Washington state lawmakers want to change HS graduation contingent on passing tests
State Rep. Paul Harris said Washington is one a few states that require high school seniors to pass standardized tests to graduate.
"I see absolutely no correlation to this test and success in life, absolutely none," said Harris.
His sentiments are echoed by his Democratic counterpart.
"When we have one test that is put into place to measure proficiency for all kids, we run into a problem," said state Rep. Monica Stonier.
Stonier said there are nearly 6,000 students in Washington state that are affected by this law.
HB 1046 would eliminate the requirement to pass the tests in order to graduate.
Something that would help Heritage High School senior Jacquelin Lee-Westenburger.
"I thought I did really well on it. I worked really hard on it and it was heartbreaking to know I didn't make it," said Lee-Westenburger.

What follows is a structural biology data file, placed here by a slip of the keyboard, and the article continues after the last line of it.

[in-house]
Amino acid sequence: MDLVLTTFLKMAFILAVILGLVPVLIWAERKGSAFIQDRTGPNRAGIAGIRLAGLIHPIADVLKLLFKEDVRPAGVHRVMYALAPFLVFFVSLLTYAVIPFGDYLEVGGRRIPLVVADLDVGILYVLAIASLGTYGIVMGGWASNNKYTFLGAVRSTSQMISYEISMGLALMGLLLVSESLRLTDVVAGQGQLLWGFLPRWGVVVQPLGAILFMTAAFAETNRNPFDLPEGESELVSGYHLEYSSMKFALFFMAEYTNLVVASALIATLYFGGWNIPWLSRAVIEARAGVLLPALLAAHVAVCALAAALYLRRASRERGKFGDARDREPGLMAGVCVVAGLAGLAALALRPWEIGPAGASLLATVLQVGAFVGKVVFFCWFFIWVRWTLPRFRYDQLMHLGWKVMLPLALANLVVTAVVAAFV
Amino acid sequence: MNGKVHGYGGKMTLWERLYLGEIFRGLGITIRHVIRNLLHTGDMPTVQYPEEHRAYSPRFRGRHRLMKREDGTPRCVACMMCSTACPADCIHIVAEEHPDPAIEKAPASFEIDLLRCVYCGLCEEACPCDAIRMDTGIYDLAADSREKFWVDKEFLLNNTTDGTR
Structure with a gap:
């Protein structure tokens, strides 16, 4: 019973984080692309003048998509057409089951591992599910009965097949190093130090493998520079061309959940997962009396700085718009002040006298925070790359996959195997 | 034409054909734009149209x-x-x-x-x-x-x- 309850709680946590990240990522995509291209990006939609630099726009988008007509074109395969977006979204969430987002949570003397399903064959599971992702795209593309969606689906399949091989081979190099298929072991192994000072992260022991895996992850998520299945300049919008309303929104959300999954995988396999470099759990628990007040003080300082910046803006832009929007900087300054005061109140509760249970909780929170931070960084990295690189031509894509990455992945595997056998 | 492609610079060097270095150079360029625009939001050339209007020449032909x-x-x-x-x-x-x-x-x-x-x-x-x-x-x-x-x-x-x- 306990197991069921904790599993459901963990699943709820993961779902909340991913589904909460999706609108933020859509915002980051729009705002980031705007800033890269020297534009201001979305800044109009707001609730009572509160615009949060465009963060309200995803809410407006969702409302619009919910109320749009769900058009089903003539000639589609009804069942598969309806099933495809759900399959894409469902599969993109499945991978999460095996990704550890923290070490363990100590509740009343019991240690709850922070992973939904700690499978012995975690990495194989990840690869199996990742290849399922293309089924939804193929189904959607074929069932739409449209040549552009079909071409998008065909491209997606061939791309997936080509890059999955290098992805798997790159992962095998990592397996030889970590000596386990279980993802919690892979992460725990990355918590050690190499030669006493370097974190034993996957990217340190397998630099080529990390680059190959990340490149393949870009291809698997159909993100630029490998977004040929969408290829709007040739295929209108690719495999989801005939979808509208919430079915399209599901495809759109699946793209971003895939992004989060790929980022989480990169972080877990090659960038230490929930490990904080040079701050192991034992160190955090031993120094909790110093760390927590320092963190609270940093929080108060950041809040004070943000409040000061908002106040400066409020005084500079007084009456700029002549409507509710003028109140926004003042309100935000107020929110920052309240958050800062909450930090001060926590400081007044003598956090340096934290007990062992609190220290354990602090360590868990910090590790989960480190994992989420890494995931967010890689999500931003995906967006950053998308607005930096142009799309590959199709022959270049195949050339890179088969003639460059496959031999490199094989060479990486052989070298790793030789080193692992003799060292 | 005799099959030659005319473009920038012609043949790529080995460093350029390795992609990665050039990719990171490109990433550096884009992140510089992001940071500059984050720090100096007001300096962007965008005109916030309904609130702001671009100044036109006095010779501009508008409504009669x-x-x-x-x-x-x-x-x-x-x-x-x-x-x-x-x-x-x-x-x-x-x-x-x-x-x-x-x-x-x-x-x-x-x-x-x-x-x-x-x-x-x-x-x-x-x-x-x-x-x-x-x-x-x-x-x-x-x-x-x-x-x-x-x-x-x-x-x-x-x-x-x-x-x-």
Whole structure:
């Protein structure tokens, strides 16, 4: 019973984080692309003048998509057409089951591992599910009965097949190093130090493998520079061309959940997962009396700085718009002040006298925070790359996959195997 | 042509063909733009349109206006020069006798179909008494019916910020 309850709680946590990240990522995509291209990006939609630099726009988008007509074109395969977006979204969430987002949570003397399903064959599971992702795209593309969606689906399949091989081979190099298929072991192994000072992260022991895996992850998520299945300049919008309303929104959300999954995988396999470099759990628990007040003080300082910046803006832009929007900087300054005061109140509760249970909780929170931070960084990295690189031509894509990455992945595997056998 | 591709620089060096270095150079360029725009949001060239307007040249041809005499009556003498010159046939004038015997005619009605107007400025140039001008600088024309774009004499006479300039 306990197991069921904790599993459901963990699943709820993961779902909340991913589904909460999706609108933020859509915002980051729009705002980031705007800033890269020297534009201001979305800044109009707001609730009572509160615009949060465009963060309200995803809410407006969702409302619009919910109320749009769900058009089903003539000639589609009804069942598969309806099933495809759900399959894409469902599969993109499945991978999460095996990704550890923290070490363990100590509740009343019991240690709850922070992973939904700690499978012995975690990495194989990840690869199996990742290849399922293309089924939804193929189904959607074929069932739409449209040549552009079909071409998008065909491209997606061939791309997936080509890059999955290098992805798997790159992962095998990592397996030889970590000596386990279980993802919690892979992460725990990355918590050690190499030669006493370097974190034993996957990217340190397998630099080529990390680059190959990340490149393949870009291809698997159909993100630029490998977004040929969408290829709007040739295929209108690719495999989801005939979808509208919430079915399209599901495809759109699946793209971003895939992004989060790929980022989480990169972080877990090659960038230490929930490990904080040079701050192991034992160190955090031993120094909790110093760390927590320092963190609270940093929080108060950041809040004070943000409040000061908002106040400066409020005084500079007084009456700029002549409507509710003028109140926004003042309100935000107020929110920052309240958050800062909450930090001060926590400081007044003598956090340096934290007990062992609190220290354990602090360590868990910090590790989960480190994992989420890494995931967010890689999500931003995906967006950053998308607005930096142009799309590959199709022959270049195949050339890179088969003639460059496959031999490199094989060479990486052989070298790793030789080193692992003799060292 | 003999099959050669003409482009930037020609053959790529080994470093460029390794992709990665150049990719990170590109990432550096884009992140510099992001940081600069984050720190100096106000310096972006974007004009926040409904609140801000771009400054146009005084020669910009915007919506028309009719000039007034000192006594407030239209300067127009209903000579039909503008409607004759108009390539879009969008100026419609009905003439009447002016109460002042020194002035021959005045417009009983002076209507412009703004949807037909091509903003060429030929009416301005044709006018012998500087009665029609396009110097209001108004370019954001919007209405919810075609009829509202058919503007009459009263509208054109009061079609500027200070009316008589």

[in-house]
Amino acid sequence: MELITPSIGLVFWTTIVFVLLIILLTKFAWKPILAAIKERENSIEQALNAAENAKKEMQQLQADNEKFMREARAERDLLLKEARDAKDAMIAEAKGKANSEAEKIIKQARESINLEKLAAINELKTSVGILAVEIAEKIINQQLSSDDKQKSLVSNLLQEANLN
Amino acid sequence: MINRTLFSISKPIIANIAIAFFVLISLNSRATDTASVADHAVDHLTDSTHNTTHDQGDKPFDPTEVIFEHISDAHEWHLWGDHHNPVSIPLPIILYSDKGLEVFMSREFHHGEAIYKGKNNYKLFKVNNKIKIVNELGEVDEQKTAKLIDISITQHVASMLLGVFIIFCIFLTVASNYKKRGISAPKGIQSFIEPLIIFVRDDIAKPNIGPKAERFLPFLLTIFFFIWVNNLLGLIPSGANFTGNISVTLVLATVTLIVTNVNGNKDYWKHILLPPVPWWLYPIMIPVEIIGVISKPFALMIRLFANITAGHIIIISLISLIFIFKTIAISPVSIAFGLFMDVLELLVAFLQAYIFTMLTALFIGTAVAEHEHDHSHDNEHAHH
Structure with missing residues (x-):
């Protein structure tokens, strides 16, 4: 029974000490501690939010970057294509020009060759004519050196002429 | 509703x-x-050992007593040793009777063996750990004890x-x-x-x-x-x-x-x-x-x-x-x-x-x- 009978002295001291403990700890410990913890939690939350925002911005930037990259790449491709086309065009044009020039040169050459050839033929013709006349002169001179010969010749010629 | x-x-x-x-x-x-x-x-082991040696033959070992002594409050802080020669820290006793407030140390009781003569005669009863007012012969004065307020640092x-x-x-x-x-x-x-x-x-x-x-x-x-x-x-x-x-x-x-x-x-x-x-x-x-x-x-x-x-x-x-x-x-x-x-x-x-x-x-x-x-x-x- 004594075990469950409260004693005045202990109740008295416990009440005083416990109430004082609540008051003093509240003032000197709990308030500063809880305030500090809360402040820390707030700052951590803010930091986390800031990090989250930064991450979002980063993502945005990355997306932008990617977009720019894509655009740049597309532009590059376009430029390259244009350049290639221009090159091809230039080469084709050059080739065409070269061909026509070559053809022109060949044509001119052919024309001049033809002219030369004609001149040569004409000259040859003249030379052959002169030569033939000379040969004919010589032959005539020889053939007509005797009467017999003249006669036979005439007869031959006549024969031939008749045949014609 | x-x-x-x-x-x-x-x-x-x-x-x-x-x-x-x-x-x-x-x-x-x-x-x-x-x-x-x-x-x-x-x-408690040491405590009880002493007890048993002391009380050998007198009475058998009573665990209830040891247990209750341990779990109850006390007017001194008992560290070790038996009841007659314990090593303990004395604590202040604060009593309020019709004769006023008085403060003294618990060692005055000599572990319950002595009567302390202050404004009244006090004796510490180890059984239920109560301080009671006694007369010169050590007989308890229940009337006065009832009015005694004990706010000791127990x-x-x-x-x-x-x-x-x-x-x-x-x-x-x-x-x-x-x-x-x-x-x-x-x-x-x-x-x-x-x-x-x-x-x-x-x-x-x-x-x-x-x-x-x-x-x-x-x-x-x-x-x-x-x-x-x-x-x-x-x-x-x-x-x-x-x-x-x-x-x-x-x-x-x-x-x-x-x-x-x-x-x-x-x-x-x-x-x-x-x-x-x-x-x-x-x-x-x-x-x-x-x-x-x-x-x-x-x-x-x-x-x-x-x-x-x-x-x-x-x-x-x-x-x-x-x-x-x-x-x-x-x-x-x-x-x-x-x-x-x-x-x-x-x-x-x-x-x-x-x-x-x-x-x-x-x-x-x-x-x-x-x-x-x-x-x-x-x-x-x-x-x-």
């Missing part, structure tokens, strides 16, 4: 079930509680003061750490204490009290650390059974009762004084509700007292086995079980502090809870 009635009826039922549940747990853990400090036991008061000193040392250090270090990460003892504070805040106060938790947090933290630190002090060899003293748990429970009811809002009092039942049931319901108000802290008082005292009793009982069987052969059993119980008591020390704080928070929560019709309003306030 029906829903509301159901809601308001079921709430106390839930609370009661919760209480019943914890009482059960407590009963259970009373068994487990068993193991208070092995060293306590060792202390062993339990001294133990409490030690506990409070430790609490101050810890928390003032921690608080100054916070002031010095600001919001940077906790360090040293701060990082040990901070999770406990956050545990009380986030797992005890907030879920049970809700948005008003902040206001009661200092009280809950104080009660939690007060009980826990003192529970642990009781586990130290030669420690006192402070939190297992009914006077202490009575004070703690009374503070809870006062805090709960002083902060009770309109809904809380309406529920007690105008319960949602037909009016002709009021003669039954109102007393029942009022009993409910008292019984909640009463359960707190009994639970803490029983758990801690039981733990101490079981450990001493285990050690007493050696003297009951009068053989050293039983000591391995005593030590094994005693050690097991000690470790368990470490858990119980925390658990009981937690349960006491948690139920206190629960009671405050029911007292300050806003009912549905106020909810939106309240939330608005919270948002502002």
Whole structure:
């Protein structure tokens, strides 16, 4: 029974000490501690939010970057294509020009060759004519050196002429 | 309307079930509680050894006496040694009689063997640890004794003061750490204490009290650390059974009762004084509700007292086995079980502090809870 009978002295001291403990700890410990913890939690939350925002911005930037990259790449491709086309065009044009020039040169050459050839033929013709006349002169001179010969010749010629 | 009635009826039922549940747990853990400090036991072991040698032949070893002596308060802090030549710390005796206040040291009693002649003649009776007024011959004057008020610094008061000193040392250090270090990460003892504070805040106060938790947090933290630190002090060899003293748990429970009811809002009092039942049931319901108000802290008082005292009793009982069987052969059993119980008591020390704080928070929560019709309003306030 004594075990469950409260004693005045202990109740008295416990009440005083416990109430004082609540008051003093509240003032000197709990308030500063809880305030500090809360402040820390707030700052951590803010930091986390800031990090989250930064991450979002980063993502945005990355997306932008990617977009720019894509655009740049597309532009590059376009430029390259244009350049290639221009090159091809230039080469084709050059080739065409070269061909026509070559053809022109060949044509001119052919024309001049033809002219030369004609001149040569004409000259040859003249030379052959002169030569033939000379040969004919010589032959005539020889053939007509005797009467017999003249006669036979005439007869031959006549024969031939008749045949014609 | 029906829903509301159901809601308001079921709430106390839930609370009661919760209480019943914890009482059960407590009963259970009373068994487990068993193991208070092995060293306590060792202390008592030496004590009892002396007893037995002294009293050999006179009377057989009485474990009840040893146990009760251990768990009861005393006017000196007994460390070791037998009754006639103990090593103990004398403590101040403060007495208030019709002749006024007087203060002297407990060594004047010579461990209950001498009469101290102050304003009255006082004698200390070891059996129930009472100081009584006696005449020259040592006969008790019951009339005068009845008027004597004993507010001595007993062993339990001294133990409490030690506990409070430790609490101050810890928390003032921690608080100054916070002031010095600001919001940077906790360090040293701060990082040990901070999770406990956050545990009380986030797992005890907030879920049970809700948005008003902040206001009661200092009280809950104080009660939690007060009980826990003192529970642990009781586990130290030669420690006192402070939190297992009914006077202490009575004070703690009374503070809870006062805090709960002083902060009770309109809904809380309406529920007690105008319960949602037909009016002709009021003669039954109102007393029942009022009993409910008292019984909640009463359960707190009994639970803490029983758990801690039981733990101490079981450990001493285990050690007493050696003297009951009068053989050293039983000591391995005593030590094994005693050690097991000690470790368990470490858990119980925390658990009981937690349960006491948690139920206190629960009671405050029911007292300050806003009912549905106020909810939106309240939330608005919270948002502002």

She took the test, but didn't pass the biology section, so she won't get her diploma. She had plans to join the National Guard and apply to pharmacy school at Oregon State University, but without a diploma, her hopes are shattered.
"Knowing that I can't pursue that because of that test, it's not right," said Lee-Westenburger.
Lawmakers said the bill has overwhelming support, but it's being held up by a few in the state Senate.
"Theoretically, this can be changed tomorrow if the Senate would show up and pass House Bill 1046, and the governor would agree to sign it by the end of the day or the next day, the problem could be solved," said Stonier.